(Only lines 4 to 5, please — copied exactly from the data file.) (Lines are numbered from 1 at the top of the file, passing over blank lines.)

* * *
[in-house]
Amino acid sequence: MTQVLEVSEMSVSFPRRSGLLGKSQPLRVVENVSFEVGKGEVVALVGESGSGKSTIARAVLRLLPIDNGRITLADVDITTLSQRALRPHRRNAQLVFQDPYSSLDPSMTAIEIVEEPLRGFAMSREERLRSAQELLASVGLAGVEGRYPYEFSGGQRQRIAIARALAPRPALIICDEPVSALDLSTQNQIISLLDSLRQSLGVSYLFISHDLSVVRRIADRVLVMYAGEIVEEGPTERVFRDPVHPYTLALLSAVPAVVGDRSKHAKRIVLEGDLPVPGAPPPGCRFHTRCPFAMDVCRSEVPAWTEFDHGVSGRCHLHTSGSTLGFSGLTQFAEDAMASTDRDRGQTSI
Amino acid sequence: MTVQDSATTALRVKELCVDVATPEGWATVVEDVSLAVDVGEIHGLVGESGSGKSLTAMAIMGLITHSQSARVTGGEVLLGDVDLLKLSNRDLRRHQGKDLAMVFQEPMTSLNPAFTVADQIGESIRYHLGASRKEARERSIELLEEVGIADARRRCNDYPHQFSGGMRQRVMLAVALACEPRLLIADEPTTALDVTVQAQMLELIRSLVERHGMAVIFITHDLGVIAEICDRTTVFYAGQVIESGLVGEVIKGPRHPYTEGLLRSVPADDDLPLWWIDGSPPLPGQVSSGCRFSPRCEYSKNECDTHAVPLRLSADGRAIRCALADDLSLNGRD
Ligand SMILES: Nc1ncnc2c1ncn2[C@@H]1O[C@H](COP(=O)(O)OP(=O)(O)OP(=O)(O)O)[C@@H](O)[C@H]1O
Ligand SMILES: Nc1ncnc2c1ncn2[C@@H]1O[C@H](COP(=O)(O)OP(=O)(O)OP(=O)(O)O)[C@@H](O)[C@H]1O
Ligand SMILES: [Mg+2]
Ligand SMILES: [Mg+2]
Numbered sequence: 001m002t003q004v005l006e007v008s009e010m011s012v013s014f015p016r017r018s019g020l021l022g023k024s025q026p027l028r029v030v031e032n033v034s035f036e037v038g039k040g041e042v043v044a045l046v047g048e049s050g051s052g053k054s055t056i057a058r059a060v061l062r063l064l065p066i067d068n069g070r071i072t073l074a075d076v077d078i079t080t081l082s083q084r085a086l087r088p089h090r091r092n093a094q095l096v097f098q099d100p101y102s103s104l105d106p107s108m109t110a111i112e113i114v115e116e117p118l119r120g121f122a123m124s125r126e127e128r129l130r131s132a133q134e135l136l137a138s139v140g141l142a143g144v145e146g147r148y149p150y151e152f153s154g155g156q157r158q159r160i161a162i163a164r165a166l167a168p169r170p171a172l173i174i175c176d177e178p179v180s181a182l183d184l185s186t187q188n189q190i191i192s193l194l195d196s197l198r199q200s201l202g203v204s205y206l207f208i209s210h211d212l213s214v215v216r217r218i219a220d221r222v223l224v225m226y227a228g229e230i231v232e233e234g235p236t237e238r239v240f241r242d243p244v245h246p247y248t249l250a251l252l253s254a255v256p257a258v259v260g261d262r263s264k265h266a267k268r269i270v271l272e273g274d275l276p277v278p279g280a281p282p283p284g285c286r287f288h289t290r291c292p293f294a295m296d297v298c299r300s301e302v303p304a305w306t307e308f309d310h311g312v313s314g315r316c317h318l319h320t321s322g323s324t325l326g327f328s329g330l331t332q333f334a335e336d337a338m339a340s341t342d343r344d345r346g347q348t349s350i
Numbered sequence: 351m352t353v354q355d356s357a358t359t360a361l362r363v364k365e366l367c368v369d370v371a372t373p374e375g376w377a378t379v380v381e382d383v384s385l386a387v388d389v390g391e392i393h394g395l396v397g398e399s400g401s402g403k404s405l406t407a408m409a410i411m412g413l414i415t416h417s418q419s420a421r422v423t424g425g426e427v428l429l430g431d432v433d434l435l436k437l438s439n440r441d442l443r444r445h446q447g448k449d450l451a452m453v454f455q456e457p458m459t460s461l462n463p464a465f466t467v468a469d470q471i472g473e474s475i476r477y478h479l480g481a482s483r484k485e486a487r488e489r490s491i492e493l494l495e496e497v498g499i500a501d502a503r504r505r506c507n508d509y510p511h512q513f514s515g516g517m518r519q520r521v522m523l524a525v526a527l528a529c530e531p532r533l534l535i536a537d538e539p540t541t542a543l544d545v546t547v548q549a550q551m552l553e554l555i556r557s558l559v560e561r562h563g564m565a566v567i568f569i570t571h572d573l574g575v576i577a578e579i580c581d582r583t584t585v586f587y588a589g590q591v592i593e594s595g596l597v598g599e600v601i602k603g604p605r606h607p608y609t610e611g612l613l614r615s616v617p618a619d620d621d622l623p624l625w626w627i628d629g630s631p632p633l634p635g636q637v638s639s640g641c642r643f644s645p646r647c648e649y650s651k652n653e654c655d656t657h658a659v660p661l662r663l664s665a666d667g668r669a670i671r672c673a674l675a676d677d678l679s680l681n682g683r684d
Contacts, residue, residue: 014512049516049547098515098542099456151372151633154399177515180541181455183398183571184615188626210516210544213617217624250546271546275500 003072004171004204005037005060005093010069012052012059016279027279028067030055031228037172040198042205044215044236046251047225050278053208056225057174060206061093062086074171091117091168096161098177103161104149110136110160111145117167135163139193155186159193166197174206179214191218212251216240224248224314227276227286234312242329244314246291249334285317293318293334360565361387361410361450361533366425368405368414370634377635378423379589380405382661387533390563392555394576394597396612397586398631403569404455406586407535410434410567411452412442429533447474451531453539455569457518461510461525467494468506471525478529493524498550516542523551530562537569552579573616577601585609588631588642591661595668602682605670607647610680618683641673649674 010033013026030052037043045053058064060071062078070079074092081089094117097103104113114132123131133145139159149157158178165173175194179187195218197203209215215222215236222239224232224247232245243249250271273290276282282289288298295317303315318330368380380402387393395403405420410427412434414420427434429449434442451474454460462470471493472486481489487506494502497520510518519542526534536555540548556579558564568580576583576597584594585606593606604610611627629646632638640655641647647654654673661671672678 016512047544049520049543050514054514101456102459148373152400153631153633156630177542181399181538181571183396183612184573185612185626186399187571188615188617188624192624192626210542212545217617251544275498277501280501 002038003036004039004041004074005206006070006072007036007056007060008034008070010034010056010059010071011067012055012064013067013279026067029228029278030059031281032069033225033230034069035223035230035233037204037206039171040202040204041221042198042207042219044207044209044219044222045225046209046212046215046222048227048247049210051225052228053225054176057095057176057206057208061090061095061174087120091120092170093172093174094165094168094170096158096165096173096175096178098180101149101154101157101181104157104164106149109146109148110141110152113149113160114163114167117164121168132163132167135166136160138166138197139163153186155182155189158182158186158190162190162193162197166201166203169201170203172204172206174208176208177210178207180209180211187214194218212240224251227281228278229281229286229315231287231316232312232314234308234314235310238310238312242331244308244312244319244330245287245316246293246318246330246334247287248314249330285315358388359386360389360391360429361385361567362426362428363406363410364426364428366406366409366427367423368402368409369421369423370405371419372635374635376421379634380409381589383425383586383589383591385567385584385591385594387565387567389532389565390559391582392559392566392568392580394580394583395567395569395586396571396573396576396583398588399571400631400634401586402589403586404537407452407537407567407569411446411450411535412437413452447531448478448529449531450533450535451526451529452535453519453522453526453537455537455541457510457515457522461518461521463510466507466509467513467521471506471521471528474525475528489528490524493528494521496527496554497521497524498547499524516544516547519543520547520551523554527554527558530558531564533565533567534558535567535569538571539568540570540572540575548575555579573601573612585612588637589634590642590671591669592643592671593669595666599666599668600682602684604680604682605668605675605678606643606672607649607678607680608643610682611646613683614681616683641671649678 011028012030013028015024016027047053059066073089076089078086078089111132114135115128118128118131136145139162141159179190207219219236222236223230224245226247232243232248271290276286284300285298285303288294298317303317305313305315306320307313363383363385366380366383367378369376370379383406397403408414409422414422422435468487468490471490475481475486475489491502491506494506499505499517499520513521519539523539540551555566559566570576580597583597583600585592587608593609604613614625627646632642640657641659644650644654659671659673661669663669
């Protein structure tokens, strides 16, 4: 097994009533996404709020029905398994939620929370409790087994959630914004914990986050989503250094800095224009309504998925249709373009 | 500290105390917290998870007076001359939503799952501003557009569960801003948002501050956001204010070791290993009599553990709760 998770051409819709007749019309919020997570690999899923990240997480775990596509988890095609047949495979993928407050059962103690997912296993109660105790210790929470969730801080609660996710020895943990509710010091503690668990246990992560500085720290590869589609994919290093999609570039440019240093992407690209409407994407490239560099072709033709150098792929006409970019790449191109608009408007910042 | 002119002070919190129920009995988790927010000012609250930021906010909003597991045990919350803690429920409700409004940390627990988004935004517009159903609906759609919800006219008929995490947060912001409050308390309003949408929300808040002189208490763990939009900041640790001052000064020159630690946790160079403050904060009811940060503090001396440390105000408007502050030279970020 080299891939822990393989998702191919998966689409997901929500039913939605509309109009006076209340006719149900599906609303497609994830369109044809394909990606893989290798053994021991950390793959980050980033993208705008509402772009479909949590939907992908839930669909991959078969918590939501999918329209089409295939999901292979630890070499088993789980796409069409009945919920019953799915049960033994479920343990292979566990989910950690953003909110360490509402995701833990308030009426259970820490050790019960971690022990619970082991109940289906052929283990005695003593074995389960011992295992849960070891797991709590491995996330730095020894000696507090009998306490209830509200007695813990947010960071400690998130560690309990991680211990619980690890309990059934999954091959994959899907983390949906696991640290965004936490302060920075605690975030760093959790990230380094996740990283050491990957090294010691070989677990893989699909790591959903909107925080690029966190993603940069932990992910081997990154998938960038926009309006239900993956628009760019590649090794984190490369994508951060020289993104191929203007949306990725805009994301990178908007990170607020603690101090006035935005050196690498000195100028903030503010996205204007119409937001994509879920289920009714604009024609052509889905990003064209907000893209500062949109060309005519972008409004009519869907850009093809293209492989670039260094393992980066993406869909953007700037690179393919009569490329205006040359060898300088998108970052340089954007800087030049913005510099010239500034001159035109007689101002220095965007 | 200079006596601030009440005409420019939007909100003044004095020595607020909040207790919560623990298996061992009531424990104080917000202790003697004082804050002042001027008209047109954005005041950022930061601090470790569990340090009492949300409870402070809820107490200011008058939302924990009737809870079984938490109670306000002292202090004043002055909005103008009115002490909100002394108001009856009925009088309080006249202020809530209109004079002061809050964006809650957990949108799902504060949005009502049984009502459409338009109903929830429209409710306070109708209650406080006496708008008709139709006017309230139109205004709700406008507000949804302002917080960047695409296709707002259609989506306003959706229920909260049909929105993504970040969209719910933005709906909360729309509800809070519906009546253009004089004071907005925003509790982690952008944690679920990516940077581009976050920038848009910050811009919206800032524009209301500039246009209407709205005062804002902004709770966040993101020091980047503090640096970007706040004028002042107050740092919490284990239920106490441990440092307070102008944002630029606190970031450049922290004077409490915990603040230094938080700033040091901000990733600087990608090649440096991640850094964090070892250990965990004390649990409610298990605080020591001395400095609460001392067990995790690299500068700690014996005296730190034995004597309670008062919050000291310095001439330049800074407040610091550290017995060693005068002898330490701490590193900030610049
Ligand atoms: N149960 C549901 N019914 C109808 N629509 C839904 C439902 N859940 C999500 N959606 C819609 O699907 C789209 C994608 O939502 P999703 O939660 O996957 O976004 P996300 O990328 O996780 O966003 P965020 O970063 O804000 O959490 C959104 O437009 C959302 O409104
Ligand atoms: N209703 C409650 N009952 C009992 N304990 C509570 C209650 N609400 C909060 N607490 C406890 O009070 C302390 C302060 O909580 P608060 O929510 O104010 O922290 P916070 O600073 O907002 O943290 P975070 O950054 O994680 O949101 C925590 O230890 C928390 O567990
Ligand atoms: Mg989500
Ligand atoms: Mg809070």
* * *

Ligand SMILES: Nc1ncnc2c1ncn2[C@@H]1O[C@H](COP(=O)(O)OP(=O)(O)OP(=O)(O)O)[C@@H](O)[C@H]1O
Ligand SMILES: Nc1ncnc2c1ncn2[C@@H]1O[C@H](COP(=O)(O)OP(=O)(O)OP(=O)(O)O)[C@@H](O)[C@H]1O